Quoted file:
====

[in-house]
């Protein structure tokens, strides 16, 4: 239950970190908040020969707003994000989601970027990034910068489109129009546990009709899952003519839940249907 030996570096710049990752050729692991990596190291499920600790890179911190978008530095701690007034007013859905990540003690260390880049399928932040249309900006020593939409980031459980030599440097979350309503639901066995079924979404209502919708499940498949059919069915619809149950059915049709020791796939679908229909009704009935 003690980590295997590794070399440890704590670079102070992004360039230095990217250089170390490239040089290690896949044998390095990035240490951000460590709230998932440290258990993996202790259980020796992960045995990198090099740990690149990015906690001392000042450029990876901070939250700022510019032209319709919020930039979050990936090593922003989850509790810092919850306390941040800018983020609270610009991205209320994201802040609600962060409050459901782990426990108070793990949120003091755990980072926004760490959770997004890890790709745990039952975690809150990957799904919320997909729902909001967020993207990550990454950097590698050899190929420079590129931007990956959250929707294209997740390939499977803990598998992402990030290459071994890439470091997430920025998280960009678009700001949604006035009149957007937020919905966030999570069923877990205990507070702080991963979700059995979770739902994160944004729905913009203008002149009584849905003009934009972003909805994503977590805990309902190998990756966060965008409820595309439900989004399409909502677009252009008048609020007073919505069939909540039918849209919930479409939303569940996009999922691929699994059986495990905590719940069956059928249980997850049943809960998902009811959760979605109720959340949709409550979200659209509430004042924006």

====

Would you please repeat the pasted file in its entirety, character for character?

[in-house]
């Protein structure tokens, strides 16, 4: 239950970190908040020969707003994000989601970027990034910068489109129009546990009709899952003519839940249907 030996570096710049990752050729692991990596190291499920600790890179911190978008530095701690007034007013859905990540003690260390880049399928932040249309900006020593939409980031459980030599440097979350309503639901066995079924979404209502919708499940498949059919069915619809149950059915049709020791796939679908229909009704009935 003690980590295997590794070399440890704590670079102070992004360039230095990217250089170390490239040089290690896949044998390095990035240490951000460590709230998932440290258990993996202790259980020796992960045995990198090099740990690149990015906690001392000042450029990876901070939250700022510019032209319709919020930039979050990936090593922003989850509790810092919850306390941040800018983020609270610009991205209320994201802040609600962060409050459901782990426990108070793990949120003091755990980072926004760490959770997004890890790709745990039952975690809150990957799904919320997909729902909001967020993207990550990454950097590698050899190929420079590129931007990956959250929707294209997740390939499977803990598998992402990030290459071994890439470091997430920025998280960009678009700001949604006035009149957007937020919905966030999570069923877990205990507070702080991963979700059995979770739902994160944004729905913009203008002149009584849905003009934009972003909805994503977590805990309902190998990756966060965008409820595309439900989004399409909502677009252009008048609020007073919505069939909540039918849209919930479409939303569940996009999922691929699994059986495990905590719940069956059928249980997850049943809960998902009811959760979605109720959340949709409550979200659209509430004042924006």